...........as you can see that by the first quarter of 91/92 we knew, by that definition we were in recession in quarters three and four of 90/91, but by the time we knew, we no longer were
Though by the annualised rate we still were when we weren't...............
That was the recession we were required to have. I remember it well.
How much would you work for free to keep your parents alive for another year? That is how people should try and look at it.
We focus to much on things that do not matter once we are dead.
It is a tough time. There is no correct decision. For mine the best thing is masks and social distancing in public. Keeping space from others good hygiene and limit spread
Compassion is the word that economists have no column for in their spreadsheets.
If you have compassion, then it’s not a sacrifice to go without.
However if you lack compassion then making sacrifices is a very uncomfortable experience.
Yep, that's the one.
You can value compassion these days using fancy algorithms.
Or by typing pornhub into your browser
Mate, you may have read me wrong. Maybe I expressed my thoughts incorrectly. I apologize profusely for that if I did.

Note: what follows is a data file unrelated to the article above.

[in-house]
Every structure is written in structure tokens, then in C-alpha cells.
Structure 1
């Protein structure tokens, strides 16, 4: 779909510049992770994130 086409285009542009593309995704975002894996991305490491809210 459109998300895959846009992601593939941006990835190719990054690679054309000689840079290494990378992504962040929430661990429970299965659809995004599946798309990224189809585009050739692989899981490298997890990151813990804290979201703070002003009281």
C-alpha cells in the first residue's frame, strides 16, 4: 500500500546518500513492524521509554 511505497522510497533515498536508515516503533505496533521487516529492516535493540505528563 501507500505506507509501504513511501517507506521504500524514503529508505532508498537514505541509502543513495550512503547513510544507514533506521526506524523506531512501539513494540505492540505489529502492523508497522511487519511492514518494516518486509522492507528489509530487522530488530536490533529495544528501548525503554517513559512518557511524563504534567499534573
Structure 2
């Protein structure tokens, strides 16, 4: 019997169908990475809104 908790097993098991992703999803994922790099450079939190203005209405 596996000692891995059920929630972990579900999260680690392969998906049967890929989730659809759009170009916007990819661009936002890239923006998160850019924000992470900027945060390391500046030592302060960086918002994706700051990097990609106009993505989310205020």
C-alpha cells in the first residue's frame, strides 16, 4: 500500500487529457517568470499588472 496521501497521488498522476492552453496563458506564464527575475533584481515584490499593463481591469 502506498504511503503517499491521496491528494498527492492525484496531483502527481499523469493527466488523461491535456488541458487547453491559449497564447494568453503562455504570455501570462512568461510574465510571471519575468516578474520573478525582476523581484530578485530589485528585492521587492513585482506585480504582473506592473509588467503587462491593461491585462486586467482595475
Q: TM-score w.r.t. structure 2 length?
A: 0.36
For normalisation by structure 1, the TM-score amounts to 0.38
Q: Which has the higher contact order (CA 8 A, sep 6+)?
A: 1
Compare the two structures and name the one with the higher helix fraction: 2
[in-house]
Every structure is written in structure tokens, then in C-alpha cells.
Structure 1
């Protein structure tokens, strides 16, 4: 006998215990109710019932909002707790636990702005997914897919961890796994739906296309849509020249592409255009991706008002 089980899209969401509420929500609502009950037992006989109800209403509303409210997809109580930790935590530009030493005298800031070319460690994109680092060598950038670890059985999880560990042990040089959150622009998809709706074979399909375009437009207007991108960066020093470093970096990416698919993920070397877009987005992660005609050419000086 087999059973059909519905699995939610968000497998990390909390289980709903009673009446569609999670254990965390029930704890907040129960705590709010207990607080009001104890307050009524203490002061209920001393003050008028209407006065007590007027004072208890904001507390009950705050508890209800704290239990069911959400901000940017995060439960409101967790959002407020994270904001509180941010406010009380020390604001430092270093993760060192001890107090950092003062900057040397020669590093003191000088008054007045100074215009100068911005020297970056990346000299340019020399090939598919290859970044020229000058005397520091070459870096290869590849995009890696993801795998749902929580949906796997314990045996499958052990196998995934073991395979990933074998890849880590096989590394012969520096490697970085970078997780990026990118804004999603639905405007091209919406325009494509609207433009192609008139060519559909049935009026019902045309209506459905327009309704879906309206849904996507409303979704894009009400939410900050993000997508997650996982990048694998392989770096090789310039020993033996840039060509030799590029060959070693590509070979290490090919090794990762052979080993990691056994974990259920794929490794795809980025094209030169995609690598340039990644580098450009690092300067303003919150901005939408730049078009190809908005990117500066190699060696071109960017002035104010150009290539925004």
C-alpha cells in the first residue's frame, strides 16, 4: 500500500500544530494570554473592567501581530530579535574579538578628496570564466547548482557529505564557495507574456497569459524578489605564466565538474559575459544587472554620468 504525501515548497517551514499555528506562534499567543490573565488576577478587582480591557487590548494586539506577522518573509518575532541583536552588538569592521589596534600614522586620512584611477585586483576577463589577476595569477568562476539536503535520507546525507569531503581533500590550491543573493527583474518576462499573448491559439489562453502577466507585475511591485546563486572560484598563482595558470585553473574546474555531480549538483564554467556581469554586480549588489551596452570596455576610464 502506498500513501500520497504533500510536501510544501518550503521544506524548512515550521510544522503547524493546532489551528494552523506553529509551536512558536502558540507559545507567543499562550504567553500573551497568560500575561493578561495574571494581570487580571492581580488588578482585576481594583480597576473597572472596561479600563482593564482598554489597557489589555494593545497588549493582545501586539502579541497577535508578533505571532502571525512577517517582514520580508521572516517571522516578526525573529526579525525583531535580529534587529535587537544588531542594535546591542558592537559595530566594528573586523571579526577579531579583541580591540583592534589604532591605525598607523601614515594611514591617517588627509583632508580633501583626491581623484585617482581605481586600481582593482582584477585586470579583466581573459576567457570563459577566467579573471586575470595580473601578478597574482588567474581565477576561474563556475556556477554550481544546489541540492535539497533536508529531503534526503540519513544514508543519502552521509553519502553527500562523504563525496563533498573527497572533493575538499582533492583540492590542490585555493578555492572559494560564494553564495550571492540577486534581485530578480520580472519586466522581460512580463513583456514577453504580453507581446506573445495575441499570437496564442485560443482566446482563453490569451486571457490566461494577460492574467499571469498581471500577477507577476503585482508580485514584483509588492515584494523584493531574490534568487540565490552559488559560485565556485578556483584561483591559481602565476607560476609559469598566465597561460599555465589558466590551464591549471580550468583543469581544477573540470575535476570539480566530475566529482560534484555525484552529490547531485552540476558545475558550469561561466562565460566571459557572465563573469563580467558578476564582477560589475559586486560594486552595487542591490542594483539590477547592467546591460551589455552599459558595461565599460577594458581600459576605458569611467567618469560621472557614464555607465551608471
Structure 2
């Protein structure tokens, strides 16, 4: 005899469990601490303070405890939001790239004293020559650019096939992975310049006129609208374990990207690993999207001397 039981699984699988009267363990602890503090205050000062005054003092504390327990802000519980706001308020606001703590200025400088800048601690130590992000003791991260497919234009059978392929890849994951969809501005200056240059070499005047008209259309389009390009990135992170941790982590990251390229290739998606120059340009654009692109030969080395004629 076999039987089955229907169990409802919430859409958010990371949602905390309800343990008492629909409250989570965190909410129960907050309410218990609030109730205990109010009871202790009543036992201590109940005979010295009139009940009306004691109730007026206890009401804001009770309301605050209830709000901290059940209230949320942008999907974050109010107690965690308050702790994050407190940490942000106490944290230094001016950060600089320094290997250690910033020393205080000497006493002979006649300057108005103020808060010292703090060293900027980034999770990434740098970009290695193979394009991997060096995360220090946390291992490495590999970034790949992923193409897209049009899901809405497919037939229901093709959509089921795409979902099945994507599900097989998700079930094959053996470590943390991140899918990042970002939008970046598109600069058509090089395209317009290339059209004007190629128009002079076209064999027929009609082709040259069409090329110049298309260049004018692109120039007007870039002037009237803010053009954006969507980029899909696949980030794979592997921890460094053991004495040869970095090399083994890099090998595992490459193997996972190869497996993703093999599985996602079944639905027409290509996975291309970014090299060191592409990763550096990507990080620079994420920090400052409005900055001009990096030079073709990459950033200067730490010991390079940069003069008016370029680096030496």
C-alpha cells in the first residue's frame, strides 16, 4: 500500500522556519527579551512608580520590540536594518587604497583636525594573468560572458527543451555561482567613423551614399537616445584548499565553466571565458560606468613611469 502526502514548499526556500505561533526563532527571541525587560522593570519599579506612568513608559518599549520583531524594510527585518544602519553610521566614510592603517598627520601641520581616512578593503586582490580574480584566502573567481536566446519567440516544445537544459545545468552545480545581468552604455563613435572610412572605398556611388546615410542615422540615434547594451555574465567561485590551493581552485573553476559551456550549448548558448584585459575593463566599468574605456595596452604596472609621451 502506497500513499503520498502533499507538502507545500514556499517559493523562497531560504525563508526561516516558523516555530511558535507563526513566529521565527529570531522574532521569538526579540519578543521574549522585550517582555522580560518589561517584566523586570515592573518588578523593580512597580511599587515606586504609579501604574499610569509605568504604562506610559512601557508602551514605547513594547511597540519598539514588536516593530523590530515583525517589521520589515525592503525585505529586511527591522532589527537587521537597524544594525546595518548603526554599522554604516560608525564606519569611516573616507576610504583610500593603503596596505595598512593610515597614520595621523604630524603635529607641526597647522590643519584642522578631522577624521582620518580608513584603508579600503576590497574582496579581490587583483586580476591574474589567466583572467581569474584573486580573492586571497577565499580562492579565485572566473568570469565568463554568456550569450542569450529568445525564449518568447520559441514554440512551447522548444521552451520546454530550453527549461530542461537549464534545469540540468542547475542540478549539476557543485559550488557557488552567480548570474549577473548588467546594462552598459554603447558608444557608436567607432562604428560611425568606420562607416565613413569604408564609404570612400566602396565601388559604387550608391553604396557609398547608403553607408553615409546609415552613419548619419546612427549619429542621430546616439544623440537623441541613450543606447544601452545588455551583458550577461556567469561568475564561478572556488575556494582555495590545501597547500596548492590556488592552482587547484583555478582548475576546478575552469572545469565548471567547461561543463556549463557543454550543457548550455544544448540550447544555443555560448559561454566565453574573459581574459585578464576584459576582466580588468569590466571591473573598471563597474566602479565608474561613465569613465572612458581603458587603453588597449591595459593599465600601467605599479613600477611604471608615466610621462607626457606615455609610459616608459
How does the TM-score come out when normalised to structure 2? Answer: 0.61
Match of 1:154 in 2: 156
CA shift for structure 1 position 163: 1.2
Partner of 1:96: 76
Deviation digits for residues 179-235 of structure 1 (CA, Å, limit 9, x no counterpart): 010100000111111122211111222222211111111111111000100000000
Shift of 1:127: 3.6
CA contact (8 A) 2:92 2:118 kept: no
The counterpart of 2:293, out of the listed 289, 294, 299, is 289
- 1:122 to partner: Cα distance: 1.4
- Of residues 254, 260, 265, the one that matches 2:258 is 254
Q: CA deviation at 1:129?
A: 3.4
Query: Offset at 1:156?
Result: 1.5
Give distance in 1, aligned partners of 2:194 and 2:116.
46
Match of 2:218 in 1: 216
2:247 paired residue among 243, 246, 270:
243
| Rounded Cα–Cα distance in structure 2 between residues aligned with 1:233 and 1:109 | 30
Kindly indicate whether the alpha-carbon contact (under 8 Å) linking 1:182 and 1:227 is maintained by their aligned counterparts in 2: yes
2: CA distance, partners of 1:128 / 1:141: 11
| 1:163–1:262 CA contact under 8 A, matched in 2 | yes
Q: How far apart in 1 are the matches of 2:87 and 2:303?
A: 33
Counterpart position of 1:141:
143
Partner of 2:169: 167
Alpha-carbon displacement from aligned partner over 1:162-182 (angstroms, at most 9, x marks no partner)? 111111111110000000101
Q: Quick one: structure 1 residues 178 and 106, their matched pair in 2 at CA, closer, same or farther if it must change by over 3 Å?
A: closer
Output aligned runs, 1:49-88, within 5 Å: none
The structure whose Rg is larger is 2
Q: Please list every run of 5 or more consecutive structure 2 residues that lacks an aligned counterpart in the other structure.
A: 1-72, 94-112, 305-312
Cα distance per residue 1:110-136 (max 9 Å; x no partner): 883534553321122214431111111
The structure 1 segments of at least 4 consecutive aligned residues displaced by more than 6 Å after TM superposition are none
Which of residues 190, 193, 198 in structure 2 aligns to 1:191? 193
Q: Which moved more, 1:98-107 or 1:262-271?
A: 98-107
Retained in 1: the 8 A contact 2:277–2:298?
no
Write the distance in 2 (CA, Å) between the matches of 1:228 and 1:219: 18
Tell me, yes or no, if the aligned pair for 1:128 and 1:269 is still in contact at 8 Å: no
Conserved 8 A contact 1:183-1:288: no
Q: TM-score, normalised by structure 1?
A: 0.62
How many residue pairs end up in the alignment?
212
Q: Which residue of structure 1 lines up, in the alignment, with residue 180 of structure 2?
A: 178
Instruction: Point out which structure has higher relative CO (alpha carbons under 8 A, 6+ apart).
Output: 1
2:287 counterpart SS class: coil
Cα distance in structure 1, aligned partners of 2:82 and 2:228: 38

I honestly feel for all the lives lost throughout this pandemic, however they may have occurred.
I'm not that callous to ignore the alternative views. I just find some of the opinions here not necessarily very sympathetic to the elderly and the most vulnerable.
I was just stating my own personal position and how it has affected me.
Yes, I have found some of the comments heartless. Yours weren't.
You are just being a dick.
I certainly take your point about increased suicide rates and that is truly tragic. But the “set of lives” we have saved and continue to save has to factor in the potential/likely loss of life that would have resulted if we had of let the virus run rampant in the community. We only have to look at other countries to see the potential death toll we could have been looking at.
Let’s hope we can make suicide prevention an even greater priority and get vulnerable people the support they need in this next (and future) phase(s)of the COVID response and recovery.
It’s not an either/or. We can try to save both “sets of lives”.
Yes that may all be true but Gronk is claiming it as a fact that they are in recession, despite lacking the evidence, and trying to paint the picture that they are in the same boat as everyone else, despite evidence to the contrary.
Separate names with a comma.